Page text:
Administrator of the Estate of Linda Faye Chalmers v. Booker et al

Filing 73

MEMORANDUM OPINION AND ORDER: Defendant's 63 amended motion to dismiss or, alternatively, for summary judgment is GRANTED. (Ordered by Senior Judge A. Joe Fish on 3/6/2017) (sss)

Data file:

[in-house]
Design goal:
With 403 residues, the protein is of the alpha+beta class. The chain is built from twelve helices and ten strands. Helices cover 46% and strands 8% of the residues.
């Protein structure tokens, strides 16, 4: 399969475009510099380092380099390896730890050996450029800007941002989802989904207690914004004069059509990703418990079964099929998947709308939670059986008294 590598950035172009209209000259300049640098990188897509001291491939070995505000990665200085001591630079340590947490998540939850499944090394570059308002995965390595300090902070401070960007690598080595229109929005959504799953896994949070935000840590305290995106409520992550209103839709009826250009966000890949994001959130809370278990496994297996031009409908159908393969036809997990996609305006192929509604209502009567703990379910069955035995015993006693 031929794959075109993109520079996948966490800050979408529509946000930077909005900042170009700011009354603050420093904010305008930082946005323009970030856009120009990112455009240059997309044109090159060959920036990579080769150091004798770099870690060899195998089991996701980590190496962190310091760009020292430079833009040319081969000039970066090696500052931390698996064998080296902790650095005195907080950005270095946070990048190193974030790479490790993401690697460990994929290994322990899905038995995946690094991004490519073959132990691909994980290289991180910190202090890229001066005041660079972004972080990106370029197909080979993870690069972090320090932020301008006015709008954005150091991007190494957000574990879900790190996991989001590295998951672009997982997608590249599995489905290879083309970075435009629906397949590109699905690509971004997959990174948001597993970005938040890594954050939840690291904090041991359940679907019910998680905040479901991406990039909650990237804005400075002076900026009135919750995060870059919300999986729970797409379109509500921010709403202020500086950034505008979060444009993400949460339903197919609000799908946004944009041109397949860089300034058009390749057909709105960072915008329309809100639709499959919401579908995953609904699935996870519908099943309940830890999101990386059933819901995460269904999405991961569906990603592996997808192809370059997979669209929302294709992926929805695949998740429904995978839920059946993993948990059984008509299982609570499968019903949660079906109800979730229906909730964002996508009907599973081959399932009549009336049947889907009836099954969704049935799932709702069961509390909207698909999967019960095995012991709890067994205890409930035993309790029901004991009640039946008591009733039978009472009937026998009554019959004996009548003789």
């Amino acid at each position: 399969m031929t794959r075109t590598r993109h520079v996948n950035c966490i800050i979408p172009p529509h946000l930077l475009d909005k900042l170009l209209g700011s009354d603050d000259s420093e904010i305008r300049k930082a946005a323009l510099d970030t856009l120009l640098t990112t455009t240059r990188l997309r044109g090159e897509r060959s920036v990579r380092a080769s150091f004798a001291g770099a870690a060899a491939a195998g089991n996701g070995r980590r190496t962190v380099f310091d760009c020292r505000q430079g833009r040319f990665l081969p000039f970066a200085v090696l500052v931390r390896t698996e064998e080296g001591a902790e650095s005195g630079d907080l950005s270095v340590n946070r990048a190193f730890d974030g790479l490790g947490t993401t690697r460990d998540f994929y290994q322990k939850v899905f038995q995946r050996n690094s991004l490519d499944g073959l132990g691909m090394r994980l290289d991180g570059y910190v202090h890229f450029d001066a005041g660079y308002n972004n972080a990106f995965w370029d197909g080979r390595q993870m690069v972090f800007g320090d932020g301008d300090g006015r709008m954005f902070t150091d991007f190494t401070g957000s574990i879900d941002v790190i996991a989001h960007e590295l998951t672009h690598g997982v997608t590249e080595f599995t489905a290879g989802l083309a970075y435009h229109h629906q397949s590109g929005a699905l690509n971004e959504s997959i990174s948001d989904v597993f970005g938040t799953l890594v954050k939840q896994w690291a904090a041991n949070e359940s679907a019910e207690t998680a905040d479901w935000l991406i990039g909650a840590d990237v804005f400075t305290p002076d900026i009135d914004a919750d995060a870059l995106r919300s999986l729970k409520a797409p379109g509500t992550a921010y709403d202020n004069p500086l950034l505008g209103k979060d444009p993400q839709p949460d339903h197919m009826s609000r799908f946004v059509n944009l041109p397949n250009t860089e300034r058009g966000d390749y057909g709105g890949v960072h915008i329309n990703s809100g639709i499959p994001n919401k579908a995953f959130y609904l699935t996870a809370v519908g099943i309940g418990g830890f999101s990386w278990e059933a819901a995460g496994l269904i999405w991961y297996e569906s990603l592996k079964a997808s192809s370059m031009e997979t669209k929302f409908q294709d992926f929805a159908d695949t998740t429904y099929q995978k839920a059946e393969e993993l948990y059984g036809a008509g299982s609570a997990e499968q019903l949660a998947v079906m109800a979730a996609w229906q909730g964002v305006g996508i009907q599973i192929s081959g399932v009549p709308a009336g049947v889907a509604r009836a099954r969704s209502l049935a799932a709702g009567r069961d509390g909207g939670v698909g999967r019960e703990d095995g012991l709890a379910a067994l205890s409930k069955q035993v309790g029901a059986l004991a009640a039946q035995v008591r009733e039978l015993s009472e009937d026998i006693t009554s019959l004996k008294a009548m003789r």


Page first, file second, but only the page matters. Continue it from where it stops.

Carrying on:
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UNITED STATES DISTRICT COURT NORTHERN DISTRICT OF TEXAS DALLAS DIVISION ALICIA D. SANDERS, ET AL., Plaintiffs, VS. THE UNITED STATES POSTAL SERVICES OFFICE OF PERSONNEL MANAGEMENT, Defendant. ) ) ) ) ) ) ) ) ) ) ) CIVIL ACTION NO. 3:15-CV-2207-G MEMORANDUM OPINION AND ORDER Before the court is the defendant’s amended motion to dismiss pursuant to FED. R. CIV. P. 12(b)(1) or, alternatively, for summary judgment (docket entry 63). For the reasons stated below, the motion is granted. I. BACKGROUND On May 30, 1978, Linda Faye Chalmers (“Chalmers”) began to work for the United States Postal Service. Plaintiffs’ Third Amended Original Complaint (“Complaint”) ¶ 6 (docket entry 60). Chalmers died on March 18, 2011. Id. ¶ 27; Appendix to Brief in Support for Defendant’s Amended Motion to Dismiss, or, Alternatively, for Summary Judgment (“Defendant’s Appx.”) at 0082 (docket entry 65). The plaintiffs Alicia D. Sanders (“Alicia Sanders”), Quincy D. Sanders (“Quincy Sanders”), and Veronica M. Sanders (“Veronica Sanders”) are Chalmers’s children. Complaint ¶ 7. The United States Office of Personnel Management (“OPM”) entered into a contract for life insurance on behalf of Chalmers with Metropolitan Life Insurance Company (“MetLife”), and OPM and Chalmers entered into a contract for pension. Id. ¶ 54. The life insurance contract was between OPM and MetLife.1 Defendant’s Brief in Support of Defendant’s Amended Motion to Dismiss or, Alternatively, for Summary Judgment (“Motion”) at 13 (docket entry 64). MetLife insures individuals covered under the Federal Employees’ Group Life Insurance (“FEGLI”) program pursuant to the Federal Employees’ Group Life Insurance Act of 1954 (“FEGLIA”), 5 U.S.C. §§ 8701-16. Id. at 10-11, 13. MetLife’s Office of Federal Employees’ Group Life Insurance (“OFEGLI”) administers claims under the FEGLI program. Id. at 11; see also 5 U.S.C. § 8709(b). The FEGLI program handbook included, in pertinent part, the following provisions. Invalid and Unacceptable Designations These are some of the things that may cause a designation to be invalid or unacceptable: 1 The plaintiffs have produced no evidence that a valid contract existed between OPM and Chalmers. -2- • Your employing office does not receive your designation of beneficiary until after you die. *** • The amounts you designated do not add up to 100 Percent (or 1.0, if you designated fractions). *** Payment When Designation Is Invalid OFEGLI will make payment in accordance with your last valid designation of beneficiary (or according to the order of precedence, if there is no designation) when your latest designation form: *** • Was not received by your employing office or retirement system before your death . . . . Defendant’s Appx. at 0183-0186 (emphasis in the original). After an insured employee’s death, OPM has a duty to transmit pertinent forms, including an Agency Certification of Insurance Status and all designations of beneficiary to the OFEGLI, which in turn adjudicates claims. Motion at 11, 20. The FEGLIA regulates the payment of policy proceeds as follows: (a) [T]he amount of group life insurance and group accidental death insurance in force on an employee at the date of his death shall be paid, on the establishment of a valid claim, to the person or persons surviving at the date of his death, in the following order of precedence: -3- First, to the beneficiary or beneficiaries designated by the employee in a signed and witnessed writing received before death in the employing office. . . . For this purpose, a designation, change, or cancellation of beneficiary in a will or other document not so executed and filed has no force or effect. . . . 5 U.S.C. § 8705; see also Defendant’s Appx. at 0186. At various times, Chalmers changed her life insurance beneficiary designation. For example, on November 13, 2002, Chalmers signed a Designation of Beneficiary form which divided her life insurance proceeds equally between her daughters Alicia Sanders and Veronica Sanders, her son Quincy Sanders, her mother Alma R. Chalmers (“Alma Chalmers”), and her sister Jo Ann (Chalmers) Booker (“Booker”). Defendant’s Appx. at 0057. On June 28, 2004, Chalmers signed a new Designation of Beneficiary form and divided her life insurance proceeds equally between Booker and Alma Chalmers. Id. at 0056; Motion at 7. On May 30, 2009, Chalmers submitted a new Designation of Beneficiary form which named Booker as the sole beneficiary of her life insurance policy. Defendant’s Appx. at 0055. In 2010, Chalmers moved in with Quincy Sanders and gave him power of attorney over her affairs. Appendix in Support of Plaintiff’s [sic] Response to Defendant’s Motion for Summary Judgment at 000101 (docket entry 67); Complaint -4- ¶ 21. That year, Quincy Chalmers prepared a new Designation of Beneficiary form (“the Improper Division Form”) for Chalmers’s signature. Complaint ¶ 24. The Improper Division Form named Quincy Sanders, Veronica Sanders, and Alicia Sanders as beneficiaries and divided the proceeds into 33.3% each with a vinculum, or bar, over the final 3. Motion at 4; Defendant’s Appx. at 0018-0019. OPM returned the Improper Division Form to Quincy Sanders because “OPM considered the form to be invalid because the designation of the insurance did not add up to 100% as required” and sent him the Improper Division Form along with a new form with accompanying instructions to include a division of the life insurance proceeds which totaled 100%. Reply in Support of Defendant’s Amended Motion to Dismiss or, Alternatively, for Summary Judgment (“Reply”) at 3 (docket entry 70); Motion at 5; Defendant’s Appx. at 0019-0020. Thereafter, Quincy Sanders destroyed the original Improper Division Form, and he prepared a new Designation of Beneficiary form with a clear 100% division of the life insurance proceeds (i.e., 50% to Quincy Sanders, 25% to Veronica Sanders, 25% to Alicia Sanders). Defendant’s Appx. at 0023, 0054; Motion at 5. Though Chalmers signed this form on October 29, 2010, Quincy Sanders did not mail the form to OPM until the day Chalmers died in March of 2011. Reply at 4; see also Defendant’s Appx. at 0023, 0025, 0054. OPM received the form on March 18, 2011. Defendant’s Appx. at 0082. Quincy Sanders stated that he did not mail the revised form because he did not have a stamp so he “put it -5- away then it was forgotten about.” Id. at 0025. Thus, because OPM received the revised form after Chalmers’s death, Quincy Sanders did not timely submit the revised form. According to OPM, “[i]t was [this] failure to submit a revised designation of beneficiary form for almost six months after it was executed that caused Quincy [Sanders] and his siblings to not be named as the beneficiaries of their mother’s life insurance.” Motion at 21. In mid-2010, Quincy Sanders first contacted OPM about possible fraud or undue influence with respect to Chalmers’s retirement benefits but did not mention her life insurance benefits. Motion at 7; Defendant’s Appx. at 0018-0063, 00650066. After Chalmers’s death, Veronica Sanders contacted OPM by phone and in writing after OPM informed her that she was not Chalmers’s life insurance beneficiary. Motion at 7; Defendant’s Appx. at 0116, 0118, 0119-0121. In a letter to OPM dated March 13, 2014, Veronica Sanders reported that she suspected fraud by Booker with respect to Chalmers’s life insurance and retirement proceeds, although she had no conclusive proof of fraud when she sent the letter to OPM. Defendant’s Appx. at 0087-0088, 0124-0125; Reply at 4; Motion at 7-8. To date, Veronica Sanders knows of no formal finding of fraud or misconduct by Booker. Defendant’s Appx. at 0125. Chalmers designated Booker as the representative payee for her retirement benefits. Motion at 6. Quincy Chalmers contacted OPM to report that Booker had -6- committed fraud and asked that OPM designate him as the payee. Id. OPM denied Quincy Sanders’s request. Id. On May 5, 2015, the plaintiff Administrator of the Estate of Linda Faye Chalmers commenced this action against OPM, Texas residents Booker, Adrian D. Booker, Donna C. Ross, Nicole Smith, Texas corporation Jenkins Agency, Inc., Texas limited liability company Stratovare, LLC, and California resident Dameon Booker in the Probate Court No. 3 of Dallas County, Texas (“probate court”). Notice of Removal ¶¶ 1, 2 (docket entry 1); see also Plaintiff’s Original Complaint, attached to Notice of Removal as Exhibit 34. On July 1, 2015, OPM timely removed this action pursuant to 28 U.S.C. § 1346(b)(1). Notice of Removal ¶ 3. On July 13, 2015, this court remanded the claims against Booker, Adrian D. Booker, Donna C. Ross, Nicole Smith, Jenkins Agency, Inc., Stratovare, LLC, and Dameon Booker to the probate court pursuant to 28 U.S.C. § 1367(c)(2). See Order (docket entry 8). In their third amended complaint, the plaintiffs assert claims of breach of contract and negligence against OPM.2 See generally Complaint. The plaintiffs contend that Chalmers fulfilled her duty to keep OPM apprised of her current beneficiaries, but OPM breached its duty to forward Chalmers’s 2 In its third amended complaint, the plaintiff Administrator of the Estate of Linda Faye Chalmers changed the caption of this case from the Administrator of the Estate of Linda Faye Chalmers to the names of the putative beneficiaries Alicia Sanders, Quincy Sanders, and Veronica Sanders without leave of court. The court permits this substitution of parties. -7- updated beneficiary information to MetLife, and as a result MetLife failed to fulfill its duty to pay Chalmers’s proper beneficiaries. Complaint ¶¶ 54, 55. Specifically, the plaintiffs assert that OPM did not forward MetLife the Improper Division Form and notice of possible fraud. Id. ¶¶ 56, 57. Additionally, the plaintiffs assert that OPM breached its duty to maintain files and forward updated information about Chalmers’s employee file. Id. ¶ 61. According to the plaintiffs, OPM negligently misplaced, destroyed, or failed to maintain an updated Designation of Beneficiary form, negligently failed to update annuitant’s beneficiary form, and negligently failed to forward or investigate evidence of fraud. Id. ¶ 60. Conversely, OPM contends that it did not owe a legal duty to the plaintiffs and, even if it be assumed arguendo that OPM did owe a duty, a violation of that duty was not the proximate cause of any harm to the plaintiffs. Motion at 1-2. II. ANALYSIS A. Evidentiary Burdens on Motion for Summary Judgment Summary judgment is proper when the pleadings and evidence on file show that no genuine issue exists as to any material fact, and that the moving party is entitled to judgment as a matter of law. FED. R. CIV. P. 56.3 “[T]he substantive law 3 The disposition of a case through summary judgment “reinforces the purpose of the Rules, to achieve the just, speedy, and inexpensive determination of actions, and, when appropriate, affords a merciful end to litigation that would otherwise be lengthy and expensive.” Fontenot v. Upjohn Company, 780 F.2d 1190, (continued...) -8- will identify which facts are material.” Anderson v. Liberty Lobby, Inc., 477 U.S. 242, 248 (1986). The movant makes such a showing by informing the court of the basis of its motion and by identifying the portions of the record which reveal there are no genuine material fact issues. See Celotex Corporation v. Catrett, 477 U.S. 317, 323 (1986). Once the movant makes this showing, the nonmovants must then direct the court’s attention to evidence in the record sufficient to establish that there is a genuine issue of material fact for trial. Id. at 323-24. To carry this burden, the opponents must do more than simply show some metaphysical doubt as to the material facts. Matsushita Electric Industrial Co., Ltd. v. Zenith Radio Corporation, 475 U.S. 574, 586 (1986). Instead, they must show that the evidence is sufficient to support a resolution of the factual issue in their favor. Anderson, 477 U.S. at 249. All of the evidence must be viewed, however, in a light most favorable to the motion’s opponents. Id. at 255 (citing Adickes v. S.H. Kress & Co., 398 U.S. 144, 158-59 (1970)). According to the Fifth Circuit, “[t]he district courts of the United States have original jurisdiction . . . of a civil action or claim against the United States founded on [FEGLIA] . . . [and] . . . [i]t is clear, based on [5 U.S.C.]§ 8715, that the United States has consented to be sued for any breach of legal duty owed by it under 3 (...continued) 1197 (5th Cir. 1986). -9- FEGLIA.” Metropolitan Life Insurance Company v. Atkins, 225 F.3d 510, 513 (5th Cir. 2000). In Atkins, a plaintiff brought suit under the Federal Tort Claims Act (“FTCA”), 28 U.S.C. § 1346, and FEGLIA after a federal personnel clerk lost or misfiled a properly completed Designation of Beneficiary form. Id. at 511-12. The court held that “[though] the personnel clerk had no duty to ensure that the forms were properly completed, we conclude that the United States, through the personnel clerk, has a duty to maintain the designation of beneficiary forms turned over to its care as a part of its responsibilities under FEGLIA.” Id. at 514. Unlike Atkins, however, the plaintiffs’ alleged injuries in the instant case did not rise from “the negligent performance of an operational task” such as record-keeping. See Life Partners Inc. v. United States, 650 F.3d 1026, 1032 (5th Cir. 2011), cert. denied, 132 S. Ct. 1104, U.S. (2012). The plaintiffs failed to produce evidence that OPM breached any legal duty owed to them or that any negligence by OPM in fact caused their injuries. At the time of Chalmers’s death, OPM had a properly executed Designation of Beneficiary form on file which named Booker as the sole beneficiary of Chalmers’s life insurance policy, see Defendant’s Appx. at 0055, and OPM had no reason or legal duty to investigate whether Booker was properly listed on the form. Additionally, the plaintiffs have not demonstrated that OPM breached any legal duty owed to them when OPM returned the Improper Division Form to Quincy Sanders without - 10 - maintaining a copy of the form after OPM deemed it invalid under FEGLI program guidelines. After receiving the new form, Quincy Sanders failed to submit it to OPM in a timely manner. Lastly, the plaintiffs produced no authority that OPM had a legal duty to take any actions in response to family members’ conclusory statements regarding fraud made after Chalmers’s death. Because the plaintiffs failed to assert a duty owed by OPM under FEGLIA, the government’s sovereign immunity is not waived. Accordingly, summary judgment for the defendant on that claim is granted. B. Standard for Rule 12(b)(1) Motion to Dismiss Federal courts are courts of limited jurisdiction. See Kokkonen v. Guardian Life Insurance Company of America, 511 U.S. 375, 377 (1994); Owen Equipment and Erection Company v. Kroger, 437 U.S. 365, 374 (1978). A federal court may exercise jurisdiction over cases only as expressly provided by the Constitution and laws of the United States. See U.S. CONST. art. III §§ 1-2; see also Kokkonen, 511 U.S. at 377. Federal law gives the federal district courts original jurisdiction over “all civil actions arising under the Constitution, laws, or treaties of the United States.” 28 U.S.C. § 1331. Moreover, a party seeking relief in a federal district court bears the burden of establishing the subject matter jurisdiction of that court. United States v. Hays, 515 U.S. 737, 743 (1995); McNutt v. General Motors Acceptance Corporation of Indiana, Inc., 298 U.S. 178, 189 (1936); Langley v. Jackson State University, 14 F.3d 1070, 1073 (5th Cir.), cert. denied, 513 U.S. 811 (1994). - 11 - Rule 12(b)(1) of the Federal Rules of Civil Procedure authorizes the dismissal of a case for lack of jurisdiction over the subject matter. See FED. R. CIV. P. 12(b)(1). A motion to dismiss pursuant to Rule 12(b)(1) for lack of subject matter jurisdiction must be considered by the court before any other challenge because “the court must find jurisdiction before determining the validity of a claim.” Moran v. Kingdom of Saudi Arabia, 27 F.3d 169, 172 (5th Cir. 1994) (internal citation omitted); see also Ruhrgas AG v. Marathon Oil Company, 526 U.S. 574, 577 (1999) (“The requirement that jurisdiction be established as a threshold matter . . . is inflexible and without exception”) (citation and internal quotation marks omitted). On a Rule 12(b)(1) motion, which “concerns the court’s ‘very power to hear the case . . . [,] the trial court is free to weigh the evidence and satisfy itself as to the existence of its power to hear the case.’” MDPhysicians & Associates, Inc. v. State Board of Insurance, 957 F.2d 178, 181 (5th Cir.) (quoting Williamson v. Tucker, 645 F.2d 404, 413 (5th Cir.), cert. denied, 454 U.S. 897 (1981)), cert. denied, 506 U.S. 861 (1992). In ruling on a motion to dismiss under Rule 12(b)(1), the court may rely on: “1) the complaint alone; 2) the complaint supplemented by undisputed facts; or 3) the complaint supplemented by undisputed facts and the court’s resolution of disputed facts.” MCG, Inc. v. Great Western Energy Corporation, 896 F.2d 170, 176 (5th Cir. 1990) (citing Williamson, 645 F.2d at 413). Once jurisdiction is challenged, the burden rests upon the party seeking to invoke the court’s jurisdiction to prove that - 12 - jurisdiction is proper. Boudreau v. United States, 53 F.3d 81, 82 (5th Cir. 1995), cert. denied, 516 U.S. 1071. 1. FTCA It is elementary that ‘[t]he United States, as sovereign, is immune from suit save as it consents to be sued . . ., and the terms of its consent to be sued in any court define that court’s jurisdiction to entertain the suit.” United States v. Mitchell, 445 U.S. 535, 538 (1980); Jeanmarie v. United States, 242 F.3d 600, 602 (5th Cir. 2001) (“Generally, the United States enjoys sovereign immunity from suit unless it has specifically waived immunity.”). “Congress enacted the FTCA as a limited waiver of the sovereign immunity of the United States.” Johnston v. United States, 85 F.3d 217, 218-19 (5th Cir. 1996). “The FTCA gives federal district courts jurisdiction over claims against the United States for money damages ‘for injury or loss of property, or personal injury or death caused by the negligent or wrongful act or omission of any employee of the Government while acting within the scope of his office or employment, under circumstances where the United States, if a private person, would be liable to the claimant in accordance with the law of the place where the act or omission occurred.’” Sheridan v. United States, 487 U.S. 392, 398 (1988) (quoting 28 U.S.C. § 1346(b)). Despite the apparently broad reach of FTCA jurisdiction, the FTCA specifically excepts various categories of claims from the waiver of immunity. See Ali - 13 - v. Federal Bureau of Prisons, 552 U.S. 214, 218 (2008) (citing 28 U.S.C. § 2680(a)(n). The provisions of 28 U.S.C. § 1346(b) shall not apply if one of the exceptions applies, regardless of whether the claim is valid under state law. United States v. Neustadt, 366 U.S. 696, 705 n. 15(1961). Additionally, the exceptions must be strictly construed in favor of the government. Truman v. United States, 26 F.3d 592, 594 (5th Cir. 1994). Furthermore, The FEGLIA concludes a preemption provision which provides as follows. The provisions of any contract under this chapter which relate to the nature or extent of coverage or benefits (including payments with respect to benefits) shall supersede and preempt any law of any State or political subdivision thereof, or any regulation issued thereunder, which relates to group life insurance to the extent that the law or regulation is inconsistent with the contractual provisions. 5 U.S.C. § 8709(d)(1)(1994). Even if the FEGLIA preemption provision were inapplicable to the instant case, the plaintiffs do not specifically allege any applicable waiver of sovereign immunity outside the FTCA. As discussed supra, OPM did not breach a duty owed to the plaintiffs, and any negligence alleged by the plaintiffs did not cause their injuries.4 See Life Partners, 650 F.3d at 1032. 4 Even if it is assumed arguendo that OPM was negligent, it appears that the plaintiffs’ FTCA claim is barred by statute, thereby depriving this court of jurisdiction. Under the FTCA, a claimant must file an administrative claim within (continued...) - 14 - 2. Retirement Benefits The plaintiffs also generally allege that OPM breached a duty owed with respect to Chalmers’s retirement benefits under the Federal Employees Retirement System (“FERS”) regarding designation of the proper payee. Complaint ¶ 43. OPM asserts that this court lacks subject matter jurisdiction over any claims related to Chalmers’s retirement benefits. Motion at 21. Specifically, OPM contends that dispute over OPM’s review of a claim arising under FERS must first be appealed to the Merit Systems Protection Board (“MSPB”), and thereafter jurisdiction is vested exclusively in the Federal Circuit. Id. at 21-24. The court agrees. See 5 U.S.C. §§ 7701(a), 7703(b)(1), 5 U.S.C. § 8461(e)(1), 28 U.S.C. § 1295(a)(9); see also Soroka v. Office of Personnel Management, 557 Fed. Appx. 983, 984 (Fed. Cir. 2014) (per curiam). The plaintiffs bear the burden of establishing the subject matter jurisdiction of this court. See Hays, 515 U.S. at 743. Moreover, “[b]ecause there is no presumption in favor of federal court jurisdiction and that jurisdiction is limited,” the plaintiffs must affirmatively show the basis for jurisdiction. Kirkland Masonry, Inc. v. Commissioner of Internal Revenue, 614 F.2d 532, 533 (5th Cir. 1980). The plaintiffs have provided no evidence that they filed an appeal seeking review of OPM’s decision 4 (...continued) two years and file suit within six months of the claim’s denial. 28 U.S.C. § 2401(b). - 15 - regarding Chalmers’s retirement benefits with the MSPB. Moreover, the plaintiffs failed to respond to OPM’s challenges to this court’s jurisdiction. Thus, the plaintiffs have failed to meet their burden of establishing that this court possesses subject matter jurisdiction over Chalmers’s retirement benefit claims. See Hays, 515 U.S. at 743; Kirkland Masonry, Inc., 614 F.2d at 533. Accordingly, OPM’s motion to dismiss pursuant to Federal Rule of Civil Procedure 12(b)(1) is granted. III. CONCLUSION For the reasons discussed, defendant’s amended motion to dismiss or, alternatively, for summary judgment is GRANTED. Judgment will be entered dismissing the plaintiffs’ claims in this case. SO ORDERED. March 6, 2017. ___________________________________ A. JOE FISH Senior United States District Judge - 16 -